Star 80 is a 1983 American film about Playboy model Dorothy Stratten, who was murdered by her husband Paul Snider in 1980. The film was directed by Bob Fosse, and stars Mariel Hemingway and Eric Roberts. Hugh Hefner sued the producers of the picture, stemming from his disapproval of how he was depicted in the film. In accordance with the family's wishes, Dorothy's mother is never mentioned by name in the movie, and the names of her sister and brother were altered. Other names were also changed due to legal concerns.
The film was shot on location in Vancouver, British Columbia and Los Angeles, California; the death scene was filmed in the same house in which the murder-suicide actually took place. The story is based on the Pulitzer Prize-winning Village Voice article "Death of a Playmate" by Teresa Carpenter; the film's title was taken from Snider's vanity license plates.
Star 80 was the second movie based on the murder of Stratten. It was preceded by the 1981 television film Death of a Centerfold: The Dorothy Stratten Story in which Jamie Lee Curtis portrayed Stratten, and Bruce Weitz portrayed Paul Snider.
Roberts was widely praised for his performance, earning the Boston Society of Film Critics Award for Best Actor and a nomination for the Golden Globe Award for Best Actor – Motion Picture Drama. Star 80 was the last film to be directed by Bob Fosse.
Eighteen-year-old Dorothy Hoogstraten is working at a Dairy Queen in her hometown of Vancouver, British Columbia when Paul Snider, a small-time scam artist and pimp, makes her acquaintance. He charms her into letting him take her to a school dance. Dorothy's mother is immediately suspicious of Paul, particularly his attempts to ingratiate himself with Dorothy's younger sister. At the dance, Paul becomes jealous of every other man paying attention to Dorothy, going so far as to stab her ex-boyfriend with a pocketknife. Afterwards, however, he wins over Dorothy with attention and flattery, until finally he gets her to agree to pose nude for Polaroid photographs. He then sends the pictures to Playboy, after forging Dorothy's mother's signature on an age consent form. Playboy invites Dorothy to come to Los Angeles to pose for a professional photographer.
Playboy publisher Hugh Hefner is taken with Dorothy's beauty and innocence, and gives her a job as a "Bunny" at an L.A. Playboy Club. She then becomes Playmate of the Month for the issue of August 1979 under a new name, Dorothy Stratten. Paul pressures her into marrying him, which Dorothy agrees to, mostly out of gratitude. She is named Playmate of the Year for 1980, and begins an acting career with small film and television roles.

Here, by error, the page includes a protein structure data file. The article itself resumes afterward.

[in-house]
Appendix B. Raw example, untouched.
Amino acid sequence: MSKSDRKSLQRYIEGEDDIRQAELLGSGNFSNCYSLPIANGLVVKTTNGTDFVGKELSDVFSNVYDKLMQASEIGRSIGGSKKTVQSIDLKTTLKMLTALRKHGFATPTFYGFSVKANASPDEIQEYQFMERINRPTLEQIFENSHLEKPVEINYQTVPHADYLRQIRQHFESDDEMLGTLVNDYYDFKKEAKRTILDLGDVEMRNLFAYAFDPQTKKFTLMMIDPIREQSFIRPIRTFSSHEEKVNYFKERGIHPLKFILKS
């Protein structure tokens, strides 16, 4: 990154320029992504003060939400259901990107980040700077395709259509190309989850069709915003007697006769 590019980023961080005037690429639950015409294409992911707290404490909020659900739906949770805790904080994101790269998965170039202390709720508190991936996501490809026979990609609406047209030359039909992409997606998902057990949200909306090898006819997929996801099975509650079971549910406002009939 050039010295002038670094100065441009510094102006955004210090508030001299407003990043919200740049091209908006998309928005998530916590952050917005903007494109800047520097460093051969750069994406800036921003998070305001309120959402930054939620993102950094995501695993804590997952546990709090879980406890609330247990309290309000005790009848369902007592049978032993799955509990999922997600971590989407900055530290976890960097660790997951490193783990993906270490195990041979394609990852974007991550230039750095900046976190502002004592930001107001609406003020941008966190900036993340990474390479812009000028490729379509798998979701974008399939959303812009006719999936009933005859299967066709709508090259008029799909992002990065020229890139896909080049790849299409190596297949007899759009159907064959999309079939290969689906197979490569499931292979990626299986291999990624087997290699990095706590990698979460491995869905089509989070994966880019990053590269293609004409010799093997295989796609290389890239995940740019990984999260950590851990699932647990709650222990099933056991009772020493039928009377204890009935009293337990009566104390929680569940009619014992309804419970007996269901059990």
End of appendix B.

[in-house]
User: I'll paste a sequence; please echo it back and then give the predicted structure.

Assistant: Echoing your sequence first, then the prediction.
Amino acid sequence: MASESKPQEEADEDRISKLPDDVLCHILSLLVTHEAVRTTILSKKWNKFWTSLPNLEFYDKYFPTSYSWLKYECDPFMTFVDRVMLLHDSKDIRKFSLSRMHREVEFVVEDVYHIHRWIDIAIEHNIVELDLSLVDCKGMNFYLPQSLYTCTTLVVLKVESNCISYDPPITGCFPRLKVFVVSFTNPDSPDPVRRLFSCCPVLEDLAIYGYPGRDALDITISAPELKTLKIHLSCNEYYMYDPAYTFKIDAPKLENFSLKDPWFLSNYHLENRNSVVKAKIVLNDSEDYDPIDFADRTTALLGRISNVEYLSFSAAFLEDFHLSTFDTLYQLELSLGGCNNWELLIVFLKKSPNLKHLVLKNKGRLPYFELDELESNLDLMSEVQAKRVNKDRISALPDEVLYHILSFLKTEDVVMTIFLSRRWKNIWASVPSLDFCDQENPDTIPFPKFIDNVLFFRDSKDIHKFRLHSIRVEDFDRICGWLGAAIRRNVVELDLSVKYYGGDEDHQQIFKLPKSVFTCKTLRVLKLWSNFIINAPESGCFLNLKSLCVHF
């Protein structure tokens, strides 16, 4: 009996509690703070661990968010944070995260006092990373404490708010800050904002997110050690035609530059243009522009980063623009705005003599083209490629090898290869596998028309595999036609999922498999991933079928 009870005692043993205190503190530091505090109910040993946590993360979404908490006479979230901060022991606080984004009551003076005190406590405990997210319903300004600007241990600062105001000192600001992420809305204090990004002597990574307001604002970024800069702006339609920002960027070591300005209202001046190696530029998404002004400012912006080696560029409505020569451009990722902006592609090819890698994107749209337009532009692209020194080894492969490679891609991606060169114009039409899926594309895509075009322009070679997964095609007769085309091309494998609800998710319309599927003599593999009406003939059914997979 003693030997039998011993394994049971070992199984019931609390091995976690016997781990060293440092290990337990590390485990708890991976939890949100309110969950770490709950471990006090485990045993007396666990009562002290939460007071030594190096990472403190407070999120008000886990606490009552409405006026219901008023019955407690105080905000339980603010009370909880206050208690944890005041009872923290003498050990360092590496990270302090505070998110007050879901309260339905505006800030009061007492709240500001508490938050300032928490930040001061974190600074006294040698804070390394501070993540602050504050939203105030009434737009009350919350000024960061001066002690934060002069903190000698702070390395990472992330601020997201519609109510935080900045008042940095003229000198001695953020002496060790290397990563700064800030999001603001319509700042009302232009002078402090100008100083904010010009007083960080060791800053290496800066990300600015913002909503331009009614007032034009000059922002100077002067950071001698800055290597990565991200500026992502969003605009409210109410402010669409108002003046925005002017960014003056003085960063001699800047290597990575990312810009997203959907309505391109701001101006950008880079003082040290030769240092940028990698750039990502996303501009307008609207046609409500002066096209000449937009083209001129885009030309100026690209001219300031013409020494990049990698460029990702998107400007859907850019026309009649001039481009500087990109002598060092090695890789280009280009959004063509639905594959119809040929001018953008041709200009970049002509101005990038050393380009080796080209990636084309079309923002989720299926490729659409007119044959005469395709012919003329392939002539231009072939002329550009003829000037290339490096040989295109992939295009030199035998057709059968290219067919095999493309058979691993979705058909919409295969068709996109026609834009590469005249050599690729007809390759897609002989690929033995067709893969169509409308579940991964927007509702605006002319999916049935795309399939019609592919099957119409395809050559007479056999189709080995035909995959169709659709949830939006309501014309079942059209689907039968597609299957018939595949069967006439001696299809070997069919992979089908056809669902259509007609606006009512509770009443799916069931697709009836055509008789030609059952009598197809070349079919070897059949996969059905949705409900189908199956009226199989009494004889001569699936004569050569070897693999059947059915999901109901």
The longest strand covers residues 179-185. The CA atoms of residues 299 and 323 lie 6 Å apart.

Paul spends money they don't have on a Mercedes with the vanity license plate STAR 80. He throws more and more of her money away on failed business ventures, and is evermore eclipsed by Dorothy's success. Paul begins coming to the Playboy Mansion, with or without Dorothy, which annoys Hefner. At a party at the Mansion, Dorothy catches the eye of movie director Aram Nicholas, whom Hefner wheedles into letting her read for a part in his upcoming film. Paul is convinced that Aram is sleeping with her, and harasses her at home and work. He hires a private investigator to follow her, who tells him that Dorothy and Aram are indeed sleeping together. Paul then buys a shotgun.
Paul begs Dorothy for one last chance, but she insists that she is going to leave him. She agrees to one last meeting with Paul at their house, hoping to placate him with a financial settlement. He first pleads with her not to leave him, then flies into a rage and rapes her. He picks up the shotgun and shoots Dorothy point-blank in the face, killing her. He then sexually violates her lifeless body before turning the gun on himself.
Mariel Hemingway as Dorothy Stratten
Eric Roberts as Paul Snider
Cliff Robertson as Hugh Hefner
Carroll Baker as Dorothy's Mother
Roger Rees as Aram Nicholas
Stuart Damon as Vince Roberts
Josh Mostel as Private Detective
David Clennon as Geb
James Luisi as Roy
Keenen Ivory Wayans as Comic
Bob Fosse - Director/Screenwriter
Wolfgang Glattes — Producer
Kenneth Utt — Producer
Sven Nykvist - Director of Photography
Grace Blake — Associate Producer
The film was screened out of competition at the 34th Berlin International Film Festival. The Washington Post called it "Bob Fosse's latest stylish stinker." Gene Siskel placed the film on his top-ten list of the best films of 1983, taking into account that the film was very unpleasant to watch. Roger Ebert gave the film four-out-of-four stars and deemed it an "important movie".
Appearing with Siskel on an October 1986 edition of The Late Show Starring Joan Rivers, Ebert said, to agreement from Rivers and Siskel, that Roberts "should have been [Oscar] nominated." Ebert spoke of a "Star 80 syndrome," with Gary Oldman's performance of Sid Vicious in Sid and Nancy (1986) being snubbed for the same reason as Roberts' performance: "Hollywood will not nominate an actor for portraying a creep, no matter how good the performance is."
The film opened in 16 theaters grossing $233,312 its opening weekend. Eventually the film grossed a total of $6,472,990 domestically with 502 theaters being its widest release. Star 80 maintains an 89% "fresh" rating on Rotten Tomatoes.
Star 80 at the Internet Movie Database
Star 80 at AllMovie
Star 80 at Rotten Tomatoes